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Researchers uncover the oldest primate fossil yet, underscoring genetic break from humans

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primate skeleton
primate skeleton

Researchers have uncovered what is now the oldest known primate fossil, pushing our understanding of human evolution seven million years farther into history than we could see before. Discovery of the 55-million-year-old fossil allowed an international team of researchers to identify a previously unknown species, as well as an unknown genus of animals that surrounds it. The fossil sits at a juncture in evolution that helps to explain how humans, apes, and monkeys all diverged from a small primate known as a tarsier.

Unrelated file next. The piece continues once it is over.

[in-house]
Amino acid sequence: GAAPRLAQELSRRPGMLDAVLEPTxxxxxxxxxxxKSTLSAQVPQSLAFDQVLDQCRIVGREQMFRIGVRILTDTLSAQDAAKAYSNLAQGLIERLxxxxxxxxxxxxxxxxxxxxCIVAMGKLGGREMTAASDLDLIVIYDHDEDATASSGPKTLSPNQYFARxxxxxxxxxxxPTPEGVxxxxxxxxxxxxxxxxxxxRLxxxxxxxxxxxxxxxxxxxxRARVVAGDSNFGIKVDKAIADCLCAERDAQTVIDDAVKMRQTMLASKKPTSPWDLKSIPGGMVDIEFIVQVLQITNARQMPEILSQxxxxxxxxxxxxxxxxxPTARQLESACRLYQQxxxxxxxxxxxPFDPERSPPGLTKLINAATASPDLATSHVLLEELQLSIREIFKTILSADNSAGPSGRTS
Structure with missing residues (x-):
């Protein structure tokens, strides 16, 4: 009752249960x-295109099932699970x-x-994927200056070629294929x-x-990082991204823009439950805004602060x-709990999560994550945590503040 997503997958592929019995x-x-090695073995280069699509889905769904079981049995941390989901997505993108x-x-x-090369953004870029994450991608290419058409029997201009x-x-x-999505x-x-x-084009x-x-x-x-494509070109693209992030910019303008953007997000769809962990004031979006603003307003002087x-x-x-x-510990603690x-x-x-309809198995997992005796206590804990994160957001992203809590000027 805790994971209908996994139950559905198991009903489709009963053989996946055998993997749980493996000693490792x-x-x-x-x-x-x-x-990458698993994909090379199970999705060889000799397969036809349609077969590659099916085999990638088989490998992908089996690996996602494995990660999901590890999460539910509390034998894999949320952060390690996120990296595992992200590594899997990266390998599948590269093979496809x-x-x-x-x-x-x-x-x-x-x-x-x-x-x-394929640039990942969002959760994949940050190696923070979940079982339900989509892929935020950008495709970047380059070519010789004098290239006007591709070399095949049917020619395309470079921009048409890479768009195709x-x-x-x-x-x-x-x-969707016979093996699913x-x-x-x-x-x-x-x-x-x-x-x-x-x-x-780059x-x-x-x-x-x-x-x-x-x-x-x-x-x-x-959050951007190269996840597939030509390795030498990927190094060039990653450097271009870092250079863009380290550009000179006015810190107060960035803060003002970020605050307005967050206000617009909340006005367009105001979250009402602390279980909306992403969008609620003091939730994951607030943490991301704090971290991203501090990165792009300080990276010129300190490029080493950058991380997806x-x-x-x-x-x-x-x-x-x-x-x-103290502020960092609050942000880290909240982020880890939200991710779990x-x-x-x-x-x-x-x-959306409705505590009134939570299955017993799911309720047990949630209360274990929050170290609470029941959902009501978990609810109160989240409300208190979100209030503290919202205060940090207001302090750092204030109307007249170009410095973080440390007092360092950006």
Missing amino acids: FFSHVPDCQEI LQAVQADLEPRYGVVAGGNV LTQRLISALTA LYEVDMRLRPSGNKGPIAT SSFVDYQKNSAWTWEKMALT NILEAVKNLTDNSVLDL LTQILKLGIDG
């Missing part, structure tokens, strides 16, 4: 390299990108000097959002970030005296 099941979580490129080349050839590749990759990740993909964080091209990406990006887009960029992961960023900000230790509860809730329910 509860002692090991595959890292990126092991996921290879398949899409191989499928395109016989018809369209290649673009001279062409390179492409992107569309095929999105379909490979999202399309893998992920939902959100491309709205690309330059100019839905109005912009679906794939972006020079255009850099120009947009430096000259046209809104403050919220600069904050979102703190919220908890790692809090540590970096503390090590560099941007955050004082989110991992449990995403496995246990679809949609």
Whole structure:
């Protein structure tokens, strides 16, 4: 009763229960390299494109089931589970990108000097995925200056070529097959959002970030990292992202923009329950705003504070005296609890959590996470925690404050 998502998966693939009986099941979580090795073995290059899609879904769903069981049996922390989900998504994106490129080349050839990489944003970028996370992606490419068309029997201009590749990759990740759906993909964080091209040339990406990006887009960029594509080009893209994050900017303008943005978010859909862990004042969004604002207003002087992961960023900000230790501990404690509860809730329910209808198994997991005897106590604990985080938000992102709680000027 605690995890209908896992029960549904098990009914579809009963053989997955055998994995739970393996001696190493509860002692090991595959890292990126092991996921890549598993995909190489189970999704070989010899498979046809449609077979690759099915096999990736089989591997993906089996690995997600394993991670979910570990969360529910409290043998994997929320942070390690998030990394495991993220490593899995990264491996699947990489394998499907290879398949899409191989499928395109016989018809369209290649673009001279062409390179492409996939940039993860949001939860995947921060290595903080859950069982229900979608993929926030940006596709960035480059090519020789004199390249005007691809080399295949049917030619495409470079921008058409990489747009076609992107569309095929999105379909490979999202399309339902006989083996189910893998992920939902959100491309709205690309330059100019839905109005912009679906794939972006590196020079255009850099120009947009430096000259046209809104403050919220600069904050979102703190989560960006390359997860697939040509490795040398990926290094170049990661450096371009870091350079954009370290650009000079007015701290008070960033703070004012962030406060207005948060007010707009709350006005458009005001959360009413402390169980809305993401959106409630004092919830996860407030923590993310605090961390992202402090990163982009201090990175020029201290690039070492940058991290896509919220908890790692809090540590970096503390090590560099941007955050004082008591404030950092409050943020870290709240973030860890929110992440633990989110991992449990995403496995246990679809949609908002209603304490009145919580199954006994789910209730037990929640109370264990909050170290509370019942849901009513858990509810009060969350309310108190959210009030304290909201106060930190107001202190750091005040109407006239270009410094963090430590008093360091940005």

Archicebus was really, really small

The new primate has been named Archicebus achilles. Researchers believe that the animal would have weighed about one ounce, measure under three inches long, and have "surprisingly small" eyes. It likely ate insects, and probably leapt between branches as a mode of transportation.

Archicebus achilles' skeleton was found in China near the Yangtze River. Researchers removed it from a lakebed by splitting the surrounding dirt into two parts, one containing the fossils and another containing their imprints. Since then, researchers have scanned the fossils with X-rays and created a 3D reconstruction. Dr. Xijun Ni, who led the team, said that the find "represents a big step forward in our efforts to chart the course of the earliest phases of primate and human evolution." Already, it's helped to show how distinct tarsier-like animals were from humans at an early point in their evolution.